[time-nuts] Ships fooled in GPS spoofing attack suggest Russian cyberweapon

Attila Kinali attila at kinali.ch
Mon Aug 14 11:24:53 EDT 2017

On Mon, 14 Aug 2017 10:26:13 +0100
Clint Jay <cjaysharp at gmail.com> wrote:

> That it can "so easily" be spoofed (it's not a trivial hack to spoof and
> would, as far as I can see, take good knowledge of how GPS works and skill
> to implement) is worrying and it could have disastrous consequences if
> anyone decided to use it for malicious means but I'd be surprised if there
> wasn't a turnkey solution available to anyone who has the funds.

You don't need a turnkey solution. If you start from zero and are working 
alone, it probably will take you a month or two to write the code to spoof
GPS L1 C/A. If you start from one of the GnuRadio based GPS simulators,
you can do it in a weekend. 

If you want to spoof L2C and L5 as well and also Galileo OS E1/E5,
it will take a bit longer, but not that much, as 90% of the code shared.

Not only is this very simple. All the documentation you need is readily
available and packaged such, that you don't need to know anything about
GNSS systems before you start and it will not slow you down significantly.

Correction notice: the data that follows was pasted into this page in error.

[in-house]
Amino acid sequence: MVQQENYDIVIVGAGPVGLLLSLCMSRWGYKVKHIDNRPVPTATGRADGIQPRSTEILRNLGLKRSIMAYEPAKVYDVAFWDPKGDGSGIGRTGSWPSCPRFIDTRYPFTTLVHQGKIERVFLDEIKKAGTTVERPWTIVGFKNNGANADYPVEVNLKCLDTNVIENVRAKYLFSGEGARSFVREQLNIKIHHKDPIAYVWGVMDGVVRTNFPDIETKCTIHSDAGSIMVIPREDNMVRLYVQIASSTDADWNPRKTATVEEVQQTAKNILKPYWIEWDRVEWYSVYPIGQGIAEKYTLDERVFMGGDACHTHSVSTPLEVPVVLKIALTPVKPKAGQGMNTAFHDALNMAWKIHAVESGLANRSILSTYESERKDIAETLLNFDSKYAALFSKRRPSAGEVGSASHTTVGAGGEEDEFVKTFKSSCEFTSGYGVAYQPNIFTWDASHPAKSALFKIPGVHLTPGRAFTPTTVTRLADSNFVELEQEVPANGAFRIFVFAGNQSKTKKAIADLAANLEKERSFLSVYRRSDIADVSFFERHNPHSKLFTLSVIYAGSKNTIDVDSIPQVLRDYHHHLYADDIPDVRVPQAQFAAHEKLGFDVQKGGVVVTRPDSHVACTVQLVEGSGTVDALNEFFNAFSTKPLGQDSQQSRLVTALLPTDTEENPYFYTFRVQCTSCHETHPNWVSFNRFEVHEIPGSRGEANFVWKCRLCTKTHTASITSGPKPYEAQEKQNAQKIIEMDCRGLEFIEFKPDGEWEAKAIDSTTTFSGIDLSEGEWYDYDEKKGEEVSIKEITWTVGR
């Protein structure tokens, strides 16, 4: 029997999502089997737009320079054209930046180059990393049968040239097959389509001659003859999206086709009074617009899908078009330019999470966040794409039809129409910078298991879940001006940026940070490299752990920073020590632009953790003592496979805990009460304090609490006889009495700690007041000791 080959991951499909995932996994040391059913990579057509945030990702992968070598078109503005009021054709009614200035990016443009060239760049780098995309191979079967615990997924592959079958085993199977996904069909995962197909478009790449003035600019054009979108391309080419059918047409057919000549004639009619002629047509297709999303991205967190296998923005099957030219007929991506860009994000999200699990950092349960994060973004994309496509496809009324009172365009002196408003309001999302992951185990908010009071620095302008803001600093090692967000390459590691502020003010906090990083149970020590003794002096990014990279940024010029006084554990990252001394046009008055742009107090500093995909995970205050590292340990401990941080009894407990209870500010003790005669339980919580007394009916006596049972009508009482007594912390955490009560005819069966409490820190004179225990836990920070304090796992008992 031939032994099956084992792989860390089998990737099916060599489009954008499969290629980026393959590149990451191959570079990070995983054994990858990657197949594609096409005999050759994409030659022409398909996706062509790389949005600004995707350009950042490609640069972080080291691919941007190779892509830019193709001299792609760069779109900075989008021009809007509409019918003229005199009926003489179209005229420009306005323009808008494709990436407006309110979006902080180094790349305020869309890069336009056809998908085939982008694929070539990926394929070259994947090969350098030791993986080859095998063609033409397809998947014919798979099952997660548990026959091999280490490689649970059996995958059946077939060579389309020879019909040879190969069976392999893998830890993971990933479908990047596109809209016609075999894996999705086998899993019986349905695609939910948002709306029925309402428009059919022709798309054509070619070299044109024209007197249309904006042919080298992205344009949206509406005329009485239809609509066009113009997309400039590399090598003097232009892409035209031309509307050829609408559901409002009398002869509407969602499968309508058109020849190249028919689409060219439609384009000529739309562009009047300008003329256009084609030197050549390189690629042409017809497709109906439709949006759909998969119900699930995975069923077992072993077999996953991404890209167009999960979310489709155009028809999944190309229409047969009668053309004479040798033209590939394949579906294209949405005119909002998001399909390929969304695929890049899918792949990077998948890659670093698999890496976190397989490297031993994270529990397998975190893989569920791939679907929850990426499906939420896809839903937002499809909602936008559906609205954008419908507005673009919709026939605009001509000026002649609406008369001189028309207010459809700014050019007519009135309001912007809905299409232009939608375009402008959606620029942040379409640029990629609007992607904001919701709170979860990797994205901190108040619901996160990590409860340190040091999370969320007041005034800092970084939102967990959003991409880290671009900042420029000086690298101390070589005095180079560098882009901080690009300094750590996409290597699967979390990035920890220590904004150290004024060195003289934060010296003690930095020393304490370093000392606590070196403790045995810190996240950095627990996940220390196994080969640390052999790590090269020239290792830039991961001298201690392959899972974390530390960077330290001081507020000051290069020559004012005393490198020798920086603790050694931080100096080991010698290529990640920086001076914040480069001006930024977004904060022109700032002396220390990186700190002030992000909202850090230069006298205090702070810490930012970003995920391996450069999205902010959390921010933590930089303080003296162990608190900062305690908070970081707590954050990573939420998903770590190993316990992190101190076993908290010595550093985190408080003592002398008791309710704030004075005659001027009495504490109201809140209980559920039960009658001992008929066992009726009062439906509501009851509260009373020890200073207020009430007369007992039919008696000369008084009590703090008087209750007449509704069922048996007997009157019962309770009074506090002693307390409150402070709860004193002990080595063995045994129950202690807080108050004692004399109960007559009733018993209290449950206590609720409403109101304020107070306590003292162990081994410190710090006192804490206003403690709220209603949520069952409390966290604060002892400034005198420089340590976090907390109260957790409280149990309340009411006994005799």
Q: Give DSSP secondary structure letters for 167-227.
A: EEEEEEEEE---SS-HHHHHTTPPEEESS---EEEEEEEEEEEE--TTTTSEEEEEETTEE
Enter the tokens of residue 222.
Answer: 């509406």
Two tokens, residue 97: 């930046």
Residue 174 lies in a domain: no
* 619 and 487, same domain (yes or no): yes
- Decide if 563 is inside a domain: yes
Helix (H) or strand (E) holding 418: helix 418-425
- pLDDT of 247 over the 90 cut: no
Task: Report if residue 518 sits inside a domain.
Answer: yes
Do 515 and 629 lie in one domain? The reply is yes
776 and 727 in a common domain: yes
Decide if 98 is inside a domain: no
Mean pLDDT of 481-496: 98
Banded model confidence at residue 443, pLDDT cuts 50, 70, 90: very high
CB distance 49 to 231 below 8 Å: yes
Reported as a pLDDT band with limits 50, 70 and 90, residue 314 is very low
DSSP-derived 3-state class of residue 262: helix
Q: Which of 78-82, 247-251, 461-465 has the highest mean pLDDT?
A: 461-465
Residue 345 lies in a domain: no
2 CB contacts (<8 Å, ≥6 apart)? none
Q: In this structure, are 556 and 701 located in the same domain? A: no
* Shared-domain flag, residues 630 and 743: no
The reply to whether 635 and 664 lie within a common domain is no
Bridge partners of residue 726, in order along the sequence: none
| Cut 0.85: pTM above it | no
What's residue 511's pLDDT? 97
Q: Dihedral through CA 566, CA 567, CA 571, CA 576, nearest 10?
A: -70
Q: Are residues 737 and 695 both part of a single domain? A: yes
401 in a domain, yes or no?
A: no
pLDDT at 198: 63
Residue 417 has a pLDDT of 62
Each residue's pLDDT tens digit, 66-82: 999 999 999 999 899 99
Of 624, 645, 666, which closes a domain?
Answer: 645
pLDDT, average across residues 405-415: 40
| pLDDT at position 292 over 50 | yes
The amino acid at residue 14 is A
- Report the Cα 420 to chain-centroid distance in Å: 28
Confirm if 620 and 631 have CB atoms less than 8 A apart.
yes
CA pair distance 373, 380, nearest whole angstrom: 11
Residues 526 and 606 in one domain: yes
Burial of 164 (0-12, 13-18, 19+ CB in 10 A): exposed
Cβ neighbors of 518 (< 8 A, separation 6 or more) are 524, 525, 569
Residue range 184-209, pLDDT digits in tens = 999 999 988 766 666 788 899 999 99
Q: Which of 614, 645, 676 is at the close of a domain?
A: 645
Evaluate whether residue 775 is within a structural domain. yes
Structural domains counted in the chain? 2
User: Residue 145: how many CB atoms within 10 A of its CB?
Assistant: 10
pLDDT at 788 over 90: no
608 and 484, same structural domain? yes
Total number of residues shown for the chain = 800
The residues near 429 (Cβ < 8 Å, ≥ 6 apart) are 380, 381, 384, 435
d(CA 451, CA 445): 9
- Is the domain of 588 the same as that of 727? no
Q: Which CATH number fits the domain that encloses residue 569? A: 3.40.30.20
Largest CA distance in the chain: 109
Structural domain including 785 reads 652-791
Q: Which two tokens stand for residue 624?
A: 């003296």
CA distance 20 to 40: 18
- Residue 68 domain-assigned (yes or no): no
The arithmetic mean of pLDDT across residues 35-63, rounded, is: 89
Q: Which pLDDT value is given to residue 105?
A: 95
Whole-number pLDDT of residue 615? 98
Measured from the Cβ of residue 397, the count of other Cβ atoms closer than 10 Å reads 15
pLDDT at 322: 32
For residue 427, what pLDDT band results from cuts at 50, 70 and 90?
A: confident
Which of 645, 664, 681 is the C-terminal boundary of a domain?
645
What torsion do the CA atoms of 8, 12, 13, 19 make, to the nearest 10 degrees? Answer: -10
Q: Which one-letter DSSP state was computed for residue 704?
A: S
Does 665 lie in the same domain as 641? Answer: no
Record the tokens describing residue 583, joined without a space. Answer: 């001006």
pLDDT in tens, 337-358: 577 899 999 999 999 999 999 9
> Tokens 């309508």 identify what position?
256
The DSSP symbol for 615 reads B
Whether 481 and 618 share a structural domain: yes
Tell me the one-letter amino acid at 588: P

(e.g. Pick up the book from Hegarty and Kaplan and you can just write
the code as you read it).

The most difficult part of this is not creating the signals, but figuring
out a way what PRN's and fake position to choose, such that the tracking
loop of the target doesn't go completely bonkers and needs to do a
re-aquisition on all signals. But even that is not that difficult, if
you have some estimate of the target's location. Or you can simply not
care about it, if you have a slow moving target, like a car or a ship,
as the re-aquisition will take less than a minute.

There have been discussions on adding authentication to GNSS services
for quite some time (at least 10 years, probably longer). And it
culminated in the CS and PRS services of Galileo. I.e. they are a
restricted and/or paid-for service. I am pretty sure that this will
change at some point and the OS serivces (including the free services
of GPS) will provide some basic authentication system as well.

In the meantime, people who rely on GNSS heavily have monitoring
facilites that check the on air signals for degradation or spoofing.
As this requires multiple monitoring stations over the whole area
covered, to ensure that no spoofing or jamming attempt goes unnoticed,
this is rather expensive. The only use of this kind of system, that I
am aware of, are airports. And yes, this is not fool-proof. A narrow
beam spoofer pointed at some airplane will go unoticed, as all the
monitoring stations are on the ground.

				Attila Kinali

It is upon moral qualities that a society is ultimately founded. All 
the prosperity and technological sophistication in the world is of no 
use without that foundation.
                 -- Miss Matheson, The Diamond Age, Neil Stephenson

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